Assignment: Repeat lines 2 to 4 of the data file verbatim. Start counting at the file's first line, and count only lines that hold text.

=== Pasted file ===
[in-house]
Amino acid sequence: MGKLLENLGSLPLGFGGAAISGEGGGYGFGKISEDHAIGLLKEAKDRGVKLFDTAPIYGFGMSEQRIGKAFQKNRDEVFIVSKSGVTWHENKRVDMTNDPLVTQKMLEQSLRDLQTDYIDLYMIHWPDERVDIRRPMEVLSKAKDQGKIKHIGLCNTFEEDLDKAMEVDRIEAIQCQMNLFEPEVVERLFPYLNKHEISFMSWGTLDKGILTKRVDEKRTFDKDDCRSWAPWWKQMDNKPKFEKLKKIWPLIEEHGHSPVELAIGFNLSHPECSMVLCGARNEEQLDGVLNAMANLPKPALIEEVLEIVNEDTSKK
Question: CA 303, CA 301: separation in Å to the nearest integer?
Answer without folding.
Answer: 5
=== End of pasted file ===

Amino acid sequence: MGKLLENLGSLPLGFGGAAISGEGGGYGFGKISEDHAIGLLKEAKDRGVKLFDTAPIYGFGMSEQRIGKAFQKNRDEVFIVSKSGVTWHENKRVDMTNDPLVTQKMLEQSLRDLQTDYIDLYMIHWPDERVDIRRPMEVLSKAKDQGKIKHIGLCNTFEEDLDKAMEVDRIEAIQCQMNLFEPEVVERLFPYLNKHEISFMSWGTLDKGILTKRVDEKRTFDKDDCRSWAPWWKQMDNKPKFEKLKKIWPLIEEHGHSPVELAIGFNLSHPECSMVLCGARNEEQLDGVLNAMANLPKPALIEEVLEIVNEDTSKK
Question: CA 303, CA 301: separation in Å to the nearest integer?
Answer without folding.